By Hoops

For the second instalment in our look at Long Term Athlete Development and how it affects the game of basketball, I thought we would look at a subject that is becoming a popular topic in our game - the question of whether we are having too many games for our younger athletes and too few practices. In LTAD lingo, this means too much emphasis on competition and not enough on training.

Before we go any further, we should clarify that we all agree, even the LTAD authors, that competition is a good thing and we should be making our practices as competitive as possible. Long Term Athlete Development defines competition as regularly scheduled games with officials. If you talk to the assignors for basketball officials in Manitoba they would all agree that the number of games scheduled has increased tremendously over the past 5 years. It now seems that there really is no basketball off-season. Is this a good thing ?

It is Hoops' opinion that we often make the assumption that kids will learn from playing and, too some extent, that is true. However, there can be no substitute for quality practice time especially for younger players. LTAD states that, ideally, the ratio between practices and games should be about 3:1, i.e. three practice sessions for every one game. I wonder how many teams out there are meeting that goal?

Awhile back, I was reading an American college basketball magazine and, based one article, it appears that this situation is of concern there also. Veteran NCAA University of Miami coach, Jim Larranaga, is quoted as saying "Kids don't develop their skills anymore. They're too busy playing games and they don't work on their skills." To back up his argument he cites statistics showing how field goal and free throw percentages have declined substantially in the past ten years. He adds, "The amount of practice time it takes for a player to become a good shooter is hours and hours every single day and kids aren't doing that anymore - they are playing too many games in numerous leagues." When you look at the fact that many of our young players here are playing with a school team, on club teams, in the WMBA, in other leagues, and possibly with our provincial teams, it is no wonder that there is little time left for practices.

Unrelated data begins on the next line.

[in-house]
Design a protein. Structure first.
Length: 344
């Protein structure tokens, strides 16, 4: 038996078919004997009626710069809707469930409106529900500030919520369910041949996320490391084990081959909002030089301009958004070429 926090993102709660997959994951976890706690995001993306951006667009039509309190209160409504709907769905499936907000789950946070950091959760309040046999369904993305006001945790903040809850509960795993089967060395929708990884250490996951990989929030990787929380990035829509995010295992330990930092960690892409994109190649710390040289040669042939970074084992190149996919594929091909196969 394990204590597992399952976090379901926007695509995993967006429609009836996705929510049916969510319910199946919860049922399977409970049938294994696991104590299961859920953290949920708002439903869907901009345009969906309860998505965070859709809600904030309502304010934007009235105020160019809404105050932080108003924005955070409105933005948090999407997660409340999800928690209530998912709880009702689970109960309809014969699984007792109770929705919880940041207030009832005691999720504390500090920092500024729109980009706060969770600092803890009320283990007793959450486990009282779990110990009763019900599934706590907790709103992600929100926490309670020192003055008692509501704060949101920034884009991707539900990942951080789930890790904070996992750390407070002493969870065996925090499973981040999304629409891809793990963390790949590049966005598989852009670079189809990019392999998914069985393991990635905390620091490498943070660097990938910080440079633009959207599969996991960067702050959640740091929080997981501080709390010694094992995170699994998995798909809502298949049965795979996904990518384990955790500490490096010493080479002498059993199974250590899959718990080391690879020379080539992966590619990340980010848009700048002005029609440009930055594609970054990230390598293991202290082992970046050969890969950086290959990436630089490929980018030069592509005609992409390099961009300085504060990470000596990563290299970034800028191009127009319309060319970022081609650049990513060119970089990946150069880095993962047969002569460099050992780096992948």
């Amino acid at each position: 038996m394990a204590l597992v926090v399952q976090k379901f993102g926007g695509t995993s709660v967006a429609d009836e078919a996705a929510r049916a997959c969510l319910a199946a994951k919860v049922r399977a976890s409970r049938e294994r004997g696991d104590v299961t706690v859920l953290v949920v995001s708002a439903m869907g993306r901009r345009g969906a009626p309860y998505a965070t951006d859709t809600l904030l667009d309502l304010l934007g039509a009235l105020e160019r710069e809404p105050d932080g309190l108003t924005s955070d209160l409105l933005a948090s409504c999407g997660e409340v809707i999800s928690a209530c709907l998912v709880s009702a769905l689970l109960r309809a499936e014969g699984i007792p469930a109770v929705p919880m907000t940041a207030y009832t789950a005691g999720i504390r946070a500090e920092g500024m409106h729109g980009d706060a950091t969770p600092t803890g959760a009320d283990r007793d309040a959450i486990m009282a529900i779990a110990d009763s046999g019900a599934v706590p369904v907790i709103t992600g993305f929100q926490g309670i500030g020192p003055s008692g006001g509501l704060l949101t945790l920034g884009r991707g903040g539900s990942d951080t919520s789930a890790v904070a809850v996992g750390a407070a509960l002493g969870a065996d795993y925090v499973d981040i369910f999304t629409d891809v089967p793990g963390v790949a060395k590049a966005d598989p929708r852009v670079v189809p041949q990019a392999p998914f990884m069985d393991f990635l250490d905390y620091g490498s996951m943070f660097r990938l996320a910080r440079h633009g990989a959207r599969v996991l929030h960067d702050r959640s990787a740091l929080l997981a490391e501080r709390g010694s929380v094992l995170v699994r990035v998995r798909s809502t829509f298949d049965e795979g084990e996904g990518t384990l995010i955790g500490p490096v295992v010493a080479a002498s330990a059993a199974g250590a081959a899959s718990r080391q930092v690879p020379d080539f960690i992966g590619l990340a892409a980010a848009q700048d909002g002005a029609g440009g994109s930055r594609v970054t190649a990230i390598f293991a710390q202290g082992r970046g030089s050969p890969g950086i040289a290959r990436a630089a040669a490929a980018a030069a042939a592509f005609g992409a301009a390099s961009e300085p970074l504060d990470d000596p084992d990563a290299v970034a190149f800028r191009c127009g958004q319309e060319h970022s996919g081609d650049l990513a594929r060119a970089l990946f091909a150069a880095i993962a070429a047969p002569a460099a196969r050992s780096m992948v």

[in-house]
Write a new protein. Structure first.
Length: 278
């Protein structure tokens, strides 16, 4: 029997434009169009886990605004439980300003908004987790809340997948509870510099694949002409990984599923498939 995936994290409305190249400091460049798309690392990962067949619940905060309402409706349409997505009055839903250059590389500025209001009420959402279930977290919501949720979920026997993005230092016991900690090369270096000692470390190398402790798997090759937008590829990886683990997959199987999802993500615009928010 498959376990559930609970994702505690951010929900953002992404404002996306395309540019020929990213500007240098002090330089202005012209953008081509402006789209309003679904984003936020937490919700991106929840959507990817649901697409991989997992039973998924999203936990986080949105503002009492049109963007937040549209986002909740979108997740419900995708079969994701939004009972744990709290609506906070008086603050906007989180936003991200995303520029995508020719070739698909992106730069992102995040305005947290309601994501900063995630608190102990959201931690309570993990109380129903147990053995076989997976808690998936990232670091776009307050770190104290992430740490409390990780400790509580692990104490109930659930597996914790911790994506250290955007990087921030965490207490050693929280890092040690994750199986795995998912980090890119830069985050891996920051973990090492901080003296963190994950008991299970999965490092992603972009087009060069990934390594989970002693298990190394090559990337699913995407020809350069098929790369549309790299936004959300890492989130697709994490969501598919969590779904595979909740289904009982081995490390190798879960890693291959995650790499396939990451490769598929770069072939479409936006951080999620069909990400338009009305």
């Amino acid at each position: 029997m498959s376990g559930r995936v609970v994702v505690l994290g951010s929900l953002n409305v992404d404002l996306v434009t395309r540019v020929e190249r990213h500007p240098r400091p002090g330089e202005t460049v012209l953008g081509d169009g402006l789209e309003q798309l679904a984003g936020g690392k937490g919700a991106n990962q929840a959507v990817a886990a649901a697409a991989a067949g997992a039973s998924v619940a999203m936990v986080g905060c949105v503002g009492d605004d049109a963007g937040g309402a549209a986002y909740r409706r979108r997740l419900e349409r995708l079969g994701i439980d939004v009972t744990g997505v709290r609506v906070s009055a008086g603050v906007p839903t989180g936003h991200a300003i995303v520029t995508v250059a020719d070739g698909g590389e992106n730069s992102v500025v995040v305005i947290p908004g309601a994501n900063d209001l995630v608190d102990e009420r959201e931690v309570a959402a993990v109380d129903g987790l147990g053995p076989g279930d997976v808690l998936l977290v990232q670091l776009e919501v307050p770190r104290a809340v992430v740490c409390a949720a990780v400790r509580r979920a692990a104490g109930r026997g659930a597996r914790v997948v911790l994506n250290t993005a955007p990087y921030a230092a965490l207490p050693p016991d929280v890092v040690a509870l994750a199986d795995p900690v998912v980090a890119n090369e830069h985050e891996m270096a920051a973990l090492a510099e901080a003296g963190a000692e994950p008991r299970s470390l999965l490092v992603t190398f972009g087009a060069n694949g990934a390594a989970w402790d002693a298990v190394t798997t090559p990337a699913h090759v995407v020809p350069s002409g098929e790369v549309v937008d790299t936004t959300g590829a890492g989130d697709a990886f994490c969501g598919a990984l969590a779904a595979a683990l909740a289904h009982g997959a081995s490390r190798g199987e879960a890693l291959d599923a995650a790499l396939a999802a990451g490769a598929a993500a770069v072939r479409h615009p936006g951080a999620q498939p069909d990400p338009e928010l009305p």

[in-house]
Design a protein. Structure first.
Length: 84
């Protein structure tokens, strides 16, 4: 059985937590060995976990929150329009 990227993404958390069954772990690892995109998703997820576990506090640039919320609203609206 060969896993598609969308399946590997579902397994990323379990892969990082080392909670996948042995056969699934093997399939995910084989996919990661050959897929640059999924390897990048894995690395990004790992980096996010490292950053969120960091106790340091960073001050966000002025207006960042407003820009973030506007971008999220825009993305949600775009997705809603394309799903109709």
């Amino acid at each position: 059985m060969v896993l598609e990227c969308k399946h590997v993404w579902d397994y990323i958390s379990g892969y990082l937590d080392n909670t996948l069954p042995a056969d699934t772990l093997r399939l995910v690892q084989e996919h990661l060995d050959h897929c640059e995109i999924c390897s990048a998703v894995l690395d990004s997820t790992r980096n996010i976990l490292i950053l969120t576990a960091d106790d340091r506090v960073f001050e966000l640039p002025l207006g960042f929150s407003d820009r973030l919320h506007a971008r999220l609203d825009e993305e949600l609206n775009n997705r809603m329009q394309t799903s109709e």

It should be mentioned that a part of the problem is the difficulty in accessing facilities to hold regular practices, a topic dealt with in some of my earlier writings. However, it has been stated by more than one veteran coach that one reason coaches may schedule more games than practices is that, sad as it may sound, it is much easier to coach in a game than in a practice. After all, in a game, one only needs to substitute at times and yell occasionally at players and referees, but to hold an effective practice requires planning, teaching and giving players necessary feedback.

One last point that the philosophy behind LTAD states is that this situation is often affected by an increasing problem in youth sport and that is the imposition of adult values on that sport. Parents, especially those who may pay a substantial amount of money for a child to play on a team, may view the number of games as a return on their investment and may not see time spent on training as valuable. As usual, I welcome all comments. We will look at LTAD and specialization next time.

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